Surface-Enhanced-Raman-Spectroscopy (SERS) is potentially a very sensitive technique for the detection of
biological agents (i.e., proteins, viruses or whole cell bacteria). However, since initial reports, its utility has not been
realized. Its limited acceptance as a routine analysis technique for both chemical and biological agents is largely due to
the lack of reproducible SERS-active substrates. Most established SERS substrate fabrication schemes are based on selfassembly
of the metallic (typically, Au, Ag, Pt, Pd or Cu) surfaces responsible for enhancement. Further, these protocols
do not lend themselves to the stringent control over the enhancing feature shape, size, and placement on a nanometer
scale. SERS can be made a more robust and attractive spectroscopic technique for biological agents by developing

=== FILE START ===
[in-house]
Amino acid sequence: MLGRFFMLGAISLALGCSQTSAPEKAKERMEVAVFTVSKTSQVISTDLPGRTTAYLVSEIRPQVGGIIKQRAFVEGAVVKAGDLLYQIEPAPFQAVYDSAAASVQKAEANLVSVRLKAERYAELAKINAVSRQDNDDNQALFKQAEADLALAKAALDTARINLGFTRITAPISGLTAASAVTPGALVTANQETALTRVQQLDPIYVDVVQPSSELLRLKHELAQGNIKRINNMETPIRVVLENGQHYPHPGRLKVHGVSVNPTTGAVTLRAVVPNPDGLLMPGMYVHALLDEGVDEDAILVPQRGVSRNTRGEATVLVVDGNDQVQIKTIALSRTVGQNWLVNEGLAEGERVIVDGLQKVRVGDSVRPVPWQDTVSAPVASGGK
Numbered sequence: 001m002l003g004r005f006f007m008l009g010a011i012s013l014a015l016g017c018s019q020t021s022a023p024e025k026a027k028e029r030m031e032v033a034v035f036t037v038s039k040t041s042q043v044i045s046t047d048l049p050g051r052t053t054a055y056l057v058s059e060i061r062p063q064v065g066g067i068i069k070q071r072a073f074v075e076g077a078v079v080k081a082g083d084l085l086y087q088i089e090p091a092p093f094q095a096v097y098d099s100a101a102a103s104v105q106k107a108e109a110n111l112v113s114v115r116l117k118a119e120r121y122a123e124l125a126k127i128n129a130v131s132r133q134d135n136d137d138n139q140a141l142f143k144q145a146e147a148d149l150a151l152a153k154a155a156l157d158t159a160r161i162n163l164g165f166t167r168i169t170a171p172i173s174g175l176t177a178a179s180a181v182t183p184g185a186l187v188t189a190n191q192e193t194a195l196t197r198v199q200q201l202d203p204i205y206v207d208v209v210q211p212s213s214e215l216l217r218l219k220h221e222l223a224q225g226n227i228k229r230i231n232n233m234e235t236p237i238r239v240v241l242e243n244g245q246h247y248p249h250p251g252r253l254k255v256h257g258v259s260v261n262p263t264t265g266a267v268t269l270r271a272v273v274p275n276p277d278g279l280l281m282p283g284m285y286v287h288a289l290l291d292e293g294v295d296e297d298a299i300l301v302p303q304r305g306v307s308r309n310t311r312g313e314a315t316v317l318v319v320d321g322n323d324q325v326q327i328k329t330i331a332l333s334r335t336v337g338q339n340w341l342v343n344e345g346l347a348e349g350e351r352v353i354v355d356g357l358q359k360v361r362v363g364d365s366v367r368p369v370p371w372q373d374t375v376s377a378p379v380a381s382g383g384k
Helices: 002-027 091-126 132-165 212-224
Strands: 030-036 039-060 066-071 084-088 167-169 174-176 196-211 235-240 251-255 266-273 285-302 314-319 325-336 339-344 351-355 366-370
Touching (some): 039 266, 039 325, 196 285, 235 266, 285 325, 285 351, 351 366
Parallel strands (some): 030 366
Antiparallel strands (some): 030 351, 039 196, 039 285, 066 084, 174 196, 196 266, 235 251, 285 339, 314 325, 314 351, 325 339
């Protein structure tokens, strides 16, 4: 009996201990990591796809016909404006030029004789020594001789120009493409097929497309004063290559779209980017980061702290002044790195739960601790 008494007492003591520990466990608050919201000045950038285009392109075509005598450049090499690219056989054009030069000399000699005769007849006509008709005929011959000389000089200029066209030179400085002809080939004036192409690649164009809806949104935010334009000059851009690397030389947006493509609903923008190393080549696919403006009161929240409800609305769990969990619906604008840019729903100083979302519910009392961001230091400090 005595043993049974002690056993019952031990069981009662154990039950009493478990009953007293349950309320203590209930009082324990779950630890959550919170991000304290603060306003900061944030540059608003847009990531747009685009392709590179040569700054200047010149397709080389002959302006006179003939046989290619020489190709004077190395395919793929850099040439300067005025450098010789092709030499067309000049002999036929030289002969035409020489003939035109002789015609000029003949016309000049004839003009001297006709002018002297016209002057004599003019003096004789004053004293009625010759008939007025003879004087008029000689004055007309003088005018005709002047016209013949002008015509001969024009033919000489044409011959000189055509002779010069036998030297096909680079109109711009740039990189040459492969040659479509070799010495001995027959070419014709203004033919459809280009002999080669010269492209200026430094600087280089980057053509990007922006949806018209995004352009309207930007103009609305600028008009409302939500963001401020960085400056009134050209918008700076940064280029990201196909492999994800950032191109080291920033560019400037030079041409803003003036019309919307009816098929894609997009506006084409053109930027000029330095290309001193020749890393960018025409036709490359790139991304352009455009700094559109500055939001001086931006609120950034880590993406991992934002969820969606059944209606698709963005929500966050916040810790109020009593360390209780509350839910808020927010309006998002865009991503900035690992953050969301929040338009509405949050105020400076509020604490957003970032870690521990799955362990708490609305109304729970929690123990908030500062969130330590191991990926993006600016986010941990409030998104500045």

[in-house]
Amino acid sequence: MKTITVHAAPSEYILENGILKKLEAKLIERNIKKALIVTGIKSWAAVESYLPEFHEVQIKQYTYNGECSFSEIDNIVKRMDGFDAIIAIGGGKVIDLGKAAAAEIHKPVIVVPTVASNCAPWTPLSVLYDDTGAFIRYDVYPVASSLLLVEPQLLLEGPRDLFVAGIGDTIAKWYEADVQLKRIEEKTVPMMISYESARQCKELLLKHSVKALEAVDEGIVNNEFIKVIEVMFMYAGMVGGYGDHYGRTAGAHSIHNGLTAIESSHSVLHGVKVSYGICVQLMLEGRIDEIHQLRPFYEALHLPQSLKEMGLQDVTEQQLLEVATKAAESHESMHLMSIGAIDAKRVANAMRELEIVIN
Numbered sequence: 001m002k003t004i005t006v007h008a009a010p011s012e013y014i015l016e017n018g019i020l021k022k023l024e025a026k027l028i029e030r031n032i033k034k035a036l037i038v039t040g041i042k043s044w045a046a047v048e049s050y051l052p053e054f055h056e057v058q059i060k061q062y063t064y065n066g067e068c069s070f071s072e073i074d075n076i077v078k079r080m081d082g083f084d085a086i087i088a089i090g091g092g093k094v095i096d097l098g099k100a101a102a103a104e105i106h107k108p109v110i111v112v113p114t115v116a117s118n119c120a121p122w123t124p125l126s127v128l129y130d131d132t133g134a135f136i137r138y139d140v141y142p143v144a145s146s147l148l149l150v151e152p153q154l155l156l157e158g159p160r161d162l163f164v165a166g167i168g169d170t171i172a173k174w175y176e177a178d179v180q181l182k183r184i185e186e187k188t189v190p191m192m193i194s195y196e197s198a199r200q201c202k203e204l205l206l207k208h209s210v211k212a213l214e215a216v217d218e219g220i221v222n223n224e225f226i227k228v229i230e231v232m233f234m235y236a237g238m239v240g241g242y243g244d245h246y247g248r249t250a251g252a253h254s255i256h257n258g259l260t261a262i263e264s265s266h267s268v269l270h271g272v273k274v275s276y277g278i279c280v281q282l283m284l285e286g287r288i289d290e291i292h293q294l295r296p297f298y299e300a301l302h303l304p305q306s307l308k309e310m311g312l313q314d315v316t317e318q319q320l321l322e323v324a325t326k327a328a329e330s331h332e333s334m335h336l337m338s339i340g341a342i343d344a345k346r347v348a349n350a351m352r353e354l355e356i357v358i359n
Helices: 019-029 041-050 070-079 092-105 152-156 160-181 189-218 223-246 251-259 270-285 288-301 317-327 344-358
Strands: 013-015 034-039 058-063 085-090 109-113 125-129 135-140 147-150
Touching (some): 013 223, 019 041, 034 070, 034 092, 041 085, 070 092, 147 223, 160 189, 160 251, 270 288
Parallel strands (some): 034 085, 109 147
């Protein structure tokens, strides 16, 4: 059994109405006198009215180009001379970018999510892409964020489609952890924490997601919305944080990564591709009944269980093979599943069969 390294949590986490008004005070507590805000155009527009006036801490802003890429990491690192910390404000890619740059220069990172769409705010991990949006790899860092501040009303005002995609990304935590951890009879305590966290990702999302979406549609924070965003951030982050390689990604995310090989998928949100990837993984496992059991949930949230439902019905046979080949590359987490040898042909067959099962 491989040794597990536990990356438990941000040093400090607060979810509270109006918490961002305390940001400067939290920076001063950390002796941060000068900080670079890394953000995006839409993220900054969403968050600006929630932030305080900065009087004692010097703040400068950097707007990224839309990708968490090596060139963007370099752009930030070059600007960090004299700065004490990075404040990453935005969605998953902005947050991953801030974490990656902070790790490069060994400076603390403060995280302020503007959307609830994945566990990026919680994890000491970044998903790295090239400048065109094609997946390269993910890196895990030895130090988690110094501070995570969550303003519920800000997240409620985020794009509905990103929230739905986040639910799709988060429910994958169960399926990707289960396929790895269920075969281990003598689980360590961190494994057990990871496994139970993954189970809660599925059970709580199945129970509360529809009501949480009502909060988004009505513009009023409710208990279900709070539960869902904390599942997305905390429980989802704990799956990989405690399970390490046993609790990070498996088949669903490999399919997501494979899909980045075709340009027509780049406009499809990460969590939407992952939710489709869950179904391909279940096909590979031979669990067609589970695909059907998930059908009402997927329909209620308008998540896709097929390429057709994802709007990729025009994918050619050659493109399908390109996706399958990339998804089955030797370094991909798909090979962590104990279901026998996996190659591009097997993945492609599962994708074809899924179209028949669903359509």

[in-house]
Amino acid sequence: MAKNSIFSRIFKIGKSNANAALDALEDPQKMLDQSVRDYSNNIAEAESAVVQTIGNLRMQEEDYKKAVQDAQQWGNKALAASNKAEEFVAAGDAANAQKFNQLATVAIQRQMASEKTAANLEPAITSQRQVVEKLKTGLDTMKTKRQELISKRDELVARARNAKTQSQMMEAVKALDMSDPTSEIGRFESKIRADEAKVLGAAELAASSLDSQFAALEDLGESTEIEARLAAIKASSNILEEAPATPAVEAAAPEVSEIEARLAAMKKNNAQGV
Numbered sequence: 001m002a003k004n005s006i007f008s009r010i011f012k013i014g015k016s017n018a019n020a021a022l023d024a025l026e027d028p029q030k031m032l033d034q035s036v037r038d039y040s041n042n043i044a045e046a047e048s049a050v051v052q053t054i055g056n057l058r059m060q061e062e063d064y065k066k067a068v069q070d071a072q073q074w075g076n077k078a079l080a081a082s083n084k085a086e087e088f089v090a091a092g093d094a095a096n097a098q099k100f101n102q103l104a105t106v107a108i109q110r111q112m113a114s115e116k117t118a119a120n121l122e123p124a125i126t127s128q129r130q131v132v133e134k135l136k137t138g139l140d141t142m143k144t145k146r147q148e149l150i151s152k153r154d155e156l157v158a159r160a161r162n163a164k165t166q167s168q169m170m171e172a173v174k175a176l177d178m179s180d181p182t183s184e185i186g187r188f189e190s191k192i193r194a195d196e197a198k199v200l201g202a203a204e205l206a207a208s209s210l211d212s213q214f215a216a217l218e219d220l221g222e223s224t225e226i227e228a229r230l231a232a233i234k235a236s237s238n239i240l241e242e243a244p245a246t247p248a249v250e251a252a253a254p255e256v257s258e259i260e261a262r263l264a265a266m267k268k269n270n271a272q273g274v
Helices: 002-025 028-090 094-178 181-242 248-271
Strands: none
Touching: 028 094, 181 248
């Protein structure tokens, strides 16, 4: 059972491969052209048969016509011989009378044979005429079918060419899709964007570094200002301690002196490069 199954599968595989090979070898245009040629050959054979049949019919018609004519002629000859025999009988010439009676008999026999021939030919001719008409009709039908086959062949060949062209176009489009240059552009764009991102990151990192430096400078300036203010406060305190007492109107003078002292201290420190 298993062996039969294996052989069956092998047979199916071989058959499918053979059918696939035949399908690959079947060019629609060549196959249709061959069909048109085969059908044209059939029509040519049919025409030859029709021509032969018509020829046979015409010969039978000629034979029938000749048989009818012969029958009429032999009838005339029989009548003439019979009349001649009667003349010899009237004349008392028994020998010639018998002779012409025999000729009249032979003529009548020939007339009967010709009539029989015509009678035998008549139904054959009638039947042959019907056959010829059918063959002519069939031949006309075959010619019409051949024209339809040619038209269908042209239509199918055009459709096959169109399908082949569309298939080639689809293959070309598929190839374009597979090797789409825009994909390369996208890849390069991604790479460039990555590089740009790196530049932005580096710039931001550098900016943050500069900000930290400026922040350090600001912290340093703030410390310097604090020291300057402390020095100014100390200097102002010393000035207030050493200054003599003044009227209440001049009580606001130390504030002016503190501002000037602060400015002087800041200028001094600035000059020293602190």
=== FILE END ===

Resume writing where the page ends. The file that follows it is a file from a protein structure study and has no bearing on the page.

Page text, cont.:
quantifiable, highly sensitive, and highly selective SERS-active substrates. Recently, novel SERS-active substrates,
fabricated from nano-patterned Si and Au have been commercialized and are easily obtained in the marketplace.
Commercialized Au SERS-active substrates fabricated using semiconductor manipulation and routine metal
vapor deposition techniques used for the spectral analysis of intact bacterial cells. This talk will focus on the substrate
characterization (microscopic and spectral) and application towards whole cells.